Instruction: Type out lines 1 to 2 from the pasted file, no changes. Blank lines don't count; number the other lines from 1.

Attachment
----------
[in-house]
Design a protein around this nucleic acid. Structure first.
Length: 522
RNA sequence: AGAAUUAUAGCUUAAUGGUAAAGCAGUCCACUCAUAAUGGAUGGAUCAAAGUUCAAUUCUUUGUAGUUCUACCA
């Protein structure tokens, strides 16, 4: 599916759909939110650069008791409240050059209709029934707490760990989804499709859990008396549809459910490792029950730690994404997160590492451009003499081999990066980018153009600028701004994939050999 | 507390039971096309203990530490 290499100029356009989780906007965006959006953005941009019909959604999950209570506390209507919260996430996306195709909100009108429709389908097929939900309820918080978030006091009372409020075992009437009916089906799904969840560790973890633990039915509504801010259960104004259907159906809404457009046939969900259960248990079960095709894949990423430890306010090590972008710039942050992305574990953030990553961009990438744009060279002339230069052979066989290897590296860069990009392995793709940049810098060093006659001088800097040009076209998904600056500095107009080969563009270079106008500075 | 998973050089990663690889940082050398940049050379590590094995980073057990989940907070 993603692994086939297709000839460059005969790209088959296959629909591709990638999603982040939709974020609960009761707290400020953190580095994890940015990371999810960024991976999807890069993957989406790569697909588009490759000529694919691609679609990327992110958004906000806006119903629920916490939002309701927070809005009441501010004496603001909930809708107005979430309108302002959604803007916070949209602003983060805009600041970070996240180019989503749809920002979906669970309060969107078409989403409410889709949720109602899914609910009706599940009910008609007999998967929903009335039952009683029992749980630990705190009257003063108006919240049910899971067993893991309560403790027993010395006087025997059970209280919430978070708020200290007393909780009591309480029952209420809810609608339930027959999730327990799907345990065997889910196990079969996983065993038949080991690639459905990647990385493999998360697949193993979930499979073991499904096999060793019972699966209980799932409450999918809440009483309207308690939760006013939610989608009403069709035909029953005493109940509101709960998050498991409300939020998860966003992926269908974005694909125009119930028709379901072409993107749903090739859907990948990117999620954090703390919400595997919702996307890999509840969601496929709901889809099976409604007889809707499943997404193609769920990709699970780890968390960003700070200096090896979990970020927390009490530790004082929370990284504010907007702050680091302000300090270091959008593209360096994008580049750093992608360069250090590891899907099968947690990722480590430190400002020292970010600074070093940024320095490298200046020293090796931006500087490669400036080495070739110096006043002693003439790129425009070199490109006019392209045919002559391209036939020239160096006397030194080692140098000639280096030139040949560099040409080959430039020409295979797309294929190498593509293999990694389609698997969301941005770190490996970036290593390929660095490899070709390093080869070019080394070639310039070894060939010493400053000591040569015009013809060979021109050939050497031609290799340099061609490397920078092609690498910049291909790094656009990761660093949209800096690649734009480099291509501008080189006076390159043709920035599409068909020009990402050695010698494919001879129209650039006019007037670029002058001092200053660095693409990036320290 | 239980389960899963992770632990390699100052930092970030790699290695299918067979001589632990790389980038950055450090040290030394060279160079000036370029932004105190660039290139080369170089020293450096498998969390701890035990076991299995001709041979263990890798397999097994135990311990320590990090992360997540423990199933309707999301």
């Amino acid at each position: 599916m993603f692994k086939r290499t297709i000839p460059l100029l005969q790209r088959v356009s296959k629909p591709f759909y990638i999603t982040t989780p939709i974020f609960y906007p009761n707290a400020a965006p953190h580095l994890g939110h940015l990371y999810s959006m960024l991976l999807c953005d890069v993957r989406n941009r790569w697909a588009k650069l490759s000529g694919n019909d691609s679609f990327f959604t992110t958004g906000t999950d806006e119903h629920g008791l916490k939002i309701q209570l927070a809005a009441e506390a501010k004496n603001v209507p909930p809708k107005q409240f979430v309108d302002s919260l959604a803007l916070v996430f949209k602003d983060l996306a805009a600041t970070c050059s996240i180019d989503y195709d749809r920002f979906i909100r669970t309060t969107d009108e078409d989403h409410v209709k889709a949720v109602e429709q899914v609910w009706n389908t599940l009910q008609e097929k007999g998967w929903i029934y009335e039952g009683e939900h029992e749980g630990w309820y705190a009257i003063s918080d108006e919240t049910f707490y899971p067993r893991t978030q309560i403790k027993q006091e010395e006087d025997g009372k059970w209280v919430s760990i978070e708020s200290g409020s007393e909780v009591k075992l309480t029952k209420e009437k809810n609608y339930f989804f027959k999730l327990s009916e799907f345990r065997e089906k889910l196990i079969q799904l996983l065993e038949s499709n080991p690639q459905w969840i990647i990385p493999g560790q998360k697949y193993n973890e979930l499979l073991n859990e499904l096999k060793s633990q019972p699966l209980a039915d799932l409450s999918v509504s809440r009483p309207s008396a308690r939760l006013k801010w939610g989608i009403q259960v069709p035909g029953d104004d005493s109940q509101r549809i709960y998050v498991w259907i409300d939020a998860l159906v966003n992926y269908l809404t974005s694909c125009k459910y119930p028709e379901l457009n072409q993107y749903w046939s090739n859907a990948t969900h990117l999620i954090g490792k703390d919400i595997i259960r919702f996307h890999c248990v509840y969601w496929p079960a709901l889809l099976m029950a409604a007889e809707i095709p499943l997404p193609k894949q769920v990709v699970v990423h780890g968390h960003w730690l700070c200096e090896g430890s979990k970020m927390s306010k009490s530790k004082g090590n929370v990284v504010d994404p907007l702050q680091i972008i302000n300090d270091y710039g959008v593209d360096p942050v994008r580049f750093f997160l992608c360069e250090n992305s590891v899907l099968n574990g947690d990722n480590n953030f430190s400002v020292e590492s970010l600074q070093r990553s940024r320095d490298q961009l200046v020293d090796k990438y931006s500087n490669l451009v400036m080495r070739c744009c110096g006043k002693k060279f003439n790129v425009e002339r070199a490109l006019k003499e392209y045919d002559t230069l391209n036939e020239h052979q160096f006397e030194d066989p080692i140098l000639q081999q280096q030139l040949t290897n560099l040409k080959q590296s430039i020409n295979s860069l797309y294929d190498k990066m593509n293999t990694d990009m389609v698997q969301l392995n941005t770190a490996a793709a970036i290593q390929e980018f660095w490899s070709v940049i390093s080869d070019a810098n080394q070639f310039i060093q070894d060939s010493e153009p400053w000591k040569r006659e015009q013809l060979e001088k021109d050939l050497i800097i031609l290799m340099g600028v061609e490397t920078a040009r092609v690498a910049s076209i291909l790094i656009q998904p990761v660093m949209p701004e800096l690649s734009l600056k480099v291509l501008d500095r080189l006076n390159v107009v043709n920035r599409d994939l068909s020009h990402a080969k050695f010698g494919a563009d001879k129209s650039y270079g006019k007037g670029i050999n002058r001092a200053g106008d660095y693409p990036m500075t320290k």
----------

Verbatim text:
[in-house]
Design a protein around this nucleic acid. Structure first.